Finally, we do not collect and analyze data for the fun of it. There should be no input without output. If we are going through the trouble to collect all these data in the first place, we must leverage it to inform our organizing. I tie every metric below to a set of real world decisions that you could pose to your organizers. These numbers should not just sit idly in a dashboard, but instead be used to drive your movement.

Below is my practitioner's guide to measuring power in movements.

All the charts and tables below use fake data.

The One Table to Rule Them All

Before I jump into the metrics, I need to talk about the summary table that feeds it all. The root of this analysis stems from what I call a "full action history" of our base. This is table of every person in your movement and all the actions they have taken, ranked in the order the timestamp they took their actions.

The beauty is that you get to define what an action means for your organization. For me, an action could be an email sign up, a donation, signing a petition, calling you representative, attending a national event, joining a training, and more. In my example below (Table 1) you will see that I have included a tag for each action, which buckets actions into broad categories (like Petition or Ad). I further summarize the action into Lowbar (or online) or Highbar (event RSVPs) actions.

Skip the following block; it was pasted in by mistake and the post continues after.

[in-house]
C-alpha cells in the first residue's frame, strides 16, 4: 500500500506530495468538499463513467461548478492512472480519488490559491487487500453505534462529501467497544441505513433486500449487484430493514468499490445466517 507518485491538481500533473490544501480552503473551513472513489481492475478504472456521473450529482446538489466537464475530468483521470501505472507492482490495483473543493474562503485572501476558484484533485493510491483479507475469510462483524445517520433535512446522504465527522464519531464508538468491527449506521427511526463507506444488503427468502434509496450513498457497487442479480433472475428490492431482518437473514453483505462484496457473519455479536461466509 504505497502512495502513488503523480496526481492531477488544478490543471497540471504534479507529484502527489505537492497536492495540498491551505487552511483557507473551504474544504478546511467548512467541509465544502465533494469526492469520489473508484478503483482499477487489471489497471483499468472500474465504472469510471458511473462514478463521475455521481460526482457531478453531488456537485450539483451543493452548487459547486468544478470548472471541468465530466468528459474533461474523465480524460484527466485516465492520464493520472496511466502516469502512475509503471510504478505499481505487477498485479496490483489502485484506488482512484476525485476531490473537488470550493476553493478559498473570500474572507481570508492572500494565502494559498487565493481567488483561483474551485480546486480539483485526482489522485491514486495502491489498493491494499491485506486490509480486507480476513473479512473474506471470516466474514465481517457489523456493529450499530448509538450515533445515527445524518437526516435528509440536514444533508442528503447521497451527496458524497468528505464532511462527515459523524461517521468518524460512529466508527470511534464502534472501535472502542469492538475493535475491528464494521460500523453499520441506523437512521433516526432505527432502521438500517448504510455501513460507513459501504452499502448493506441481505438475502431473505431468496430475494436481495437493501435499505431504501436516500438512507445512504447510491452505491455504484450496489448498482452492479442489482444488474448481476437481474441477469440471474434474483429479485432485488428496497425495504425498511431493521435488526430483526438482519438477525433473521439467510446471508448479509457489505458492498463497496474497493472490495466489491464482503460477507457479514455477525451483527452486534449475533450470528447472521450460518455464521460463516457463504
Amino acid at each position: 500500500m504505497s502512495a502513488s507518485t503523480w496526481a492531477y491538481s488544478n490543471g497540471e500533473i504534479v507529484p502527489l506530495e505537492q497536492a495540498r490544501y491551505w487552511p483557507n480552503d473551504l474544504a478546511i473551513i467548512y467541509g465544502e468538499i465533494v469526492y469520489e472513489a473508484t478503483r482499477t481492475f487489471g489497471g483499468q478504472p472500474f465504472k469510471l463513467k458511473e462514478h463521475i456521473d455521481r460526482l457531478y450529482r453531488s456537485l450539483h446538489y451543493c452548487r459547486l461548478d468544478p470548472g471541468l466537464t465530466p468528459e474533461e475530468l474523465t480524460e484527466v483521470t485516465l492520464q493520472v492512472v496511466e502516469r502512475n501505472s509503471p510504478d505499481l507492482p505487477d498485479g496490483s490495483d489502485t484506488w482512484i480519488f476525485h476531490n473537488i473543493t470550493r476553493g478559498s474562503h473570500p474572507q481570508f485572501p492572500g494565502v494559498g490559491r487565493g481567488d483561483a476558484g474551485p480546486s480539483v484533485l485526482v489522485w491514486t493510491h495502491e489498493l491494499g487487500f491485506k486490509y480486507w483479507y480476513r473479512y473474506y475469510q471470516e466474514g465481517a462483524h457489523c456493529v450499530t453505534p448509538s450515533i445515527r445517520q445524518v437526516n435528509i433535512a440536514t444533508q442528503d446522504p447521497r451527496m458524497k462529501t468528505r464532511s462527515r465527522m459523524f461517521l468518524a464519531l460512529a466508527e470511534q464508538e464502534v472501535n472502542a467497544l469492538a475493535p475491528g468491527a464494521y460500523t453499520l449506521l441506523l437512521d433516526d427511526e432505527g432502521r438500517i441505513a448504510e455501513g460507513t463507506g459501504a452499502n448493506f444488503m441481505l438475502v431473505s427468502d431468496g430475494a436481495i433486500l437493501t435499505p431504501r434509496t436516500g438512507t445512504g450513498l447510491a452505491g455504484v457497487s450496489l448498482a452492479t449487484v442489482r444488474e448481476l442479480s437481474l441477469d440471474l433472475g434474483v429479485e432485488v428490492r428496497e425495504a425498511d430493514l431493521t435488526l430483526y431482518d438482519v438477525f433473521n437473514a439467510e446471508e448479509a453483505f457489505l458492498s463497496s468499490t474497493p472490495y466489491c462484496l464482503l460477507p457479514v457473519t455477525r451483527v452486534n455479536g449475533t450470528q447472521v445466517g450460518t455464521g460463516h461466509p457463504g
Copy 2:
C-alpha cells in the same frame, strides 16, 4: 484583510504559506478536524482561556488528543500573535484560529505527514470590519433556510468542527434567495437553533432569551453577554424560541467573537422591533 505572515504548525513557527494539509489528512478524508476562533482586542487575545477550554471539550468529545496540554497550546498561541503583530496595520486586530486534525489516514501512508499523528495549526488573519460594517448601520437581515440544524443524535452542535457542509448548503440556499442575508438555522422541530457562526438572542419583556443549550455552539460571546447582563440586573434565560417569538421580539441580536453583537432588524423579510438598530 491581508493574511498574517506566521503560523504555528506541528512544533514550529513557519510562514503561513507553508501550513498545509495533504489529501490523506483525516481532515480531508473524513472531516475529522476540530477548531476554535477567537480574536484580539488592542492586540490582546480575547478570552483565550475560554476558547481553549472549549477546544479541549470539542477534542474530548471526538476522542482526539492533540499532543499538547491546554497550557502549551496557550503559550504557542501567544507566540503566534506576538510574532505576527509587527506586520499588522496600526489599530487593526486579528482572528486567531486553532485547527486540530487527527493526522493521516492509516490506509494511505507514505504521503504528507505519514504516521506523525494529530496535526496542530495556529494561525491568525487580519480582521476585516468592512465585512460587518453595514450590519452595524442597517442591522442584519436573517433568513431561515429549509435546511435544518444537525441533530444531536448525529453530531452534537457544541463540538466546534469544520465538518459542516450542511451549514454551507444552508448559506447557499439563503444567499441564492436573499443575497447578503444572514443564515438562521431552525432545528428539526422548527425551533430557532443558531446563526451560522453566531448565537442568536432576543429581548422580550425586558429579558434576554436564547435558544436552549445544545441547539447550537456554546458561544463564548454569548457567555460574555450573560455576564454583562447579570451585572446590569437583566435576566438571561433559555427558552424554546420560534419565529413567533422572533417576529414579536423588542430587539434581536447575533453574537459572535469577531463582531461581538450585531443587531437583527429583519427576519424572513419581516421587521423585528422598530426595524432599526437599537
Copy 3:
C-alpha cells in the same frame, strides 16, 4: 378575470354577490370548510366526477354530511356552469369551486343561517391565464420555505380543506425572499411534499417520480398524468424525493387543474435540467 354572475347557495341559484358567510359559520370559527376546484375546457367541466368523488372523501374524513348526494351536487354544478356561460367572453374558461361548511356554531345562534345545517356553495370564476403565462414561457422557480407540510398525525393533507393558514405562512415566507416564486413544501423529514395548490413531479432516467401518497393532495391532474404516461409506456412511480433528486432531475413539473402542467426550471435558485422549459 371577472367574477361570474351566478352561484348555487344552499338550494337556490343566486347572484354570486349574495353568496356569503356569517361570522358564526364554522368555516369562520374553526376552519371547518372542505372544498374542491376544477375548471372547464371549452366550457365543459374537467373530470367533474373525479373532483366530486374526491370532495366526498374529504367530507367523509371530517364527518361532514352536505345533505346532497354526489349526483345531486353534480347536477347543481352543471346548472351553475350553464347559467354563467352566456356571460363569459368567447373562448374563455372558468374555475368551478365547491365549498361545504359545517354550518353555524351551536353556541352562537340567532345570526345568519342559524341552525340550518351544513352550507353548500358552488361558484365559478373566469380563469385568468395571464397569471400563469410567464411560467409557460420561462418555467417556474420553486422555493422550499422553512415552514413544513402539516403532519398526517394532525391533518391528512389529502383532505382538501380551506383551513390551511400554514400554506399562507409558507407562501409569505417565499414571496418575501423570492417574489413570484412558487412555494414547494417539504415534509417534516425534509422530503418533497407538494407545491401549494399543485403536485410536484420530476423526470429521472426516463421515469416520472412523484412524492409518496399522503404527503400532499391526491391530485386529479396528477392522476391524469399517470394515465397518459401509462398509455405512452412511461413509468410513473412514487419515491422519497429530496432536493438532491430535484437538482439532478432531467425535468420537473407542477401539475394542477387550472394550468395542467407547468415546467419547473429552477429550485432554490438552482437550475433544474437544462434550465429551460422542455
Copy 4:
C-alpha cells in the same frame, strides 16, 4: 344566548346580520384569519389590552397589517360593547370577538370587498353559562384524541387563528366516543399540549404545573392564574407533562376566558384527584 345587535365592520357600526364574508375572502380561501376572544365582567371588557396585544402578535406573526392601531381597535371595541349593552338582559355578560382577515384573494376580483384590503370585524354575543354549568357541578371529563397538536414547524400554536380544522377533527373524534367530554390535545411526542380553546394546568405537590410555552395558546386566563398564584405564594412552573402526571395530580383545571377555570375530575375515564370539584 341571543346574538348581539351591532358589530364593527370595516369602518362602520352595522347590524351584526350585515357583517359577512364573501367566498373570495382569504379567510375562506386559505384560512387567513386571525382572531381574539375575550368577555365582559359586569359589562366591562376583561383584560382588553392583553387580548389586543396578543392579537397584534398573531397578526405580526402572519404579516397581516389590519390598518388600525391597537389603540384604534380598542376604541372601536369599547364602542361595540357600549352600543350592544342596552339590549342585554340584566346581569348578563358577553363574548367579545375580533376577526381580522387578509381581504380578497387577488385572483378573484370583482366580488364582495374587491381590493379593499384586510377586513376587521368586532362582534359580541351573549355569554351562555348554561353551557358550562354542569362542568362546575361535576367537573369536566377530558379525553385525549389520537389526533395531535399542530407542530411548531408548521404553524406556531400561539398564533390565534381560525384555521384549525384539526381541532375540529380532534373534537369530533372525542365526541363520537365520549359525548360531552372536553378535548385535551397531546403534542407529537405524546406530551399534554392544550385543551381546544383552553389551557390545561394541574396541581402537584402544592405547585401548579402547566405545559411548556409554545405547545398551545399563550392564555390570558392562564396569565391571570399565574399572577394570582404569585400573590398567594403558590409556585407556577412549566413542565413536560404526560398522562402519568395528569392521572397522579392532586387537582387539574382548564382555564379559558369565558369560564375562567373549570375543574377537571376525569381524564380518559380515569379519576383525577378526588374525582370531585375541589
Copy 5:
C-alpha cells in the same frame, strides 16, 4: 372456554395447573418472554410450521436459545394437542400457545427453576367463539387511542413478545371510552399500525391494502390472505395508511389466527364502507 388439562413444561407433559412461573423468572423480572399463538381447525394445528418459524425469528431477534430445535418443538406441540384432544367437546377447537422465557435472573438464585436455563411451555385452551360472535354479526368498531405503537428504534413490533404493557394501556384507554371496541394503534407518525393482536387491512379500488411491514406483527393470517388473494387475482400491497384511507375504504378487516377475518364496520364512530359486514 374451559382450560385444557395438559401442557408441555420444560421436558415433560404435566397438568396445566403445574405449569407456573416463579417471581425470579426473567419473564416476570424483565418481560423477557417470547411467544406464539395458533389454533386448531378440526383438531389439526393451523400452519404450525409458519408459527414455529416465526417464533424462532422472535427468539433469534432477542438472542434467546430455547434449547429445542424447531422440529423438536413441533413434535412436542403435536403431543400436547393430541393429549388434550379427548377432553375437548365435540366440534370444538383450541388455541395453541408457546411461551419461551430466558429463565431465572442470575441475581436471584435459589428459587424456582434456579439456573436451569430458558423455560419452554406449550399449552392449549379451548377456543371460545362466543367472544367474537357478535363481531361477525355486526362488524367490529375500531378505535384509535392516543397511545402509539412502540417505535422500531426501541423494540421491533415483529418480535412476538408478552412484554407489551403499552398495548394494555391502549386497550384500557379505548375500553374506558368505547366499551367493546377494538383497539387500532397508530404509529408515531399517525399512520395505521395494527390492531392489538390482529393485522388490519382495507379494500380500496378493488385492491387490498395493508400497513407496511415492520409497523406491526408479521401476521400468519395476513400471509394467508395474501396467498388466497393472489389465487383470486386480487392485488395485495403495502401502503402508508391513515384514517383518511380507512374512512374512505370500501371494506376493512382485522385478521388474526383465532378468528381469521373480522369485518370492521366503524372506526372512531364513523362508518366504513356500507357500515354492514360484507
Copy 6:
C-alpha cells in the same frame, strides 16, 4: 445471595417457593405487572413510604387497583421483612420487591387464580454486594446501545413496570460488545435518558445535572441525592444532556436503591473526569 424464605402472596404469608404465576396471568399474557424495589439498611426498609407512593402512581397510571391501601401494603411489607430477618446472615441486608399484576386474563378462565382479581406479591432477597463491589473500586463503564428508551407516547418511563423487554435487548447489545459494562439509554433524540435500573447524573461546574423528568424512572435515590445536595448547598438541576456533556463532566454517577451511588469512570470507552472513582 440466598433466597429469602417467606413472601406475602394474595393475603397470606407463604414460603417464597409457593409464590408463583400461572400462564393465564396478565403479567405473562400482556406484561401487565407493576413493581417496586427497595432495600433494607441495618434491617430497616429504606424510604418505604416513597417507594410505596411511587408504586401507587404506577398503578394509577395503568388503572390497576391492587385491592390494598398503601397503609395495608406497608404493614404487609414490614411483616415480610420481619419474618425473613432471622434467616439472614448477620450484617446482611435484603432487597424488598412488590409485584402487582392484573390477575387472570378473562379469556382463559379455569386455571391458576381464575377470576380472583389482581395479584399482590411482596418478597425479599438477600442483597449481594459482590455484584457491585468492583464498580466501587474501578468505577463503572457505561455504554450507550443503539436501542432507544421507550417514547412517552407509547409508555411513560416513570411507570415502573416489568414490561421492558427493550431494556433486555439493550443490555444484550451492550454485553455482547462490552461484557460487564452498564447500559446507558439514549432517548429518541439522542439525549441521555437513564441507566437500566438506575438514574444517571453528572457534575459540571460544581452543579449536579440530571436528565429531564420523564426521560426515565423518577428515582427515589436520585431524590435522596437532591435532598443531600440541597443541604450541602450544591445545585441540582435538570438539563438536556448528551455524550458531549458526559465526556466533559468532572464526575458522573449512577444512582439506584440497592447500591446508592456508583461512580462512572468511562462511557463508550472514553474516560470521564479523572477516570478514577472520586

Table 1. A sample of what a full action history might look like for your organization.

Getting your data into this shape is easier said than done. For my case, just scoping out all possible actions was tricky enough, let alone normalizing each source into something that could be unioned together with the other action histories. I also encountered a duplication behavior—responding to an ad and other digital actions also signed the person up for our email list with the exact same timestamp, which interfered with my ability to assess a person's true first action.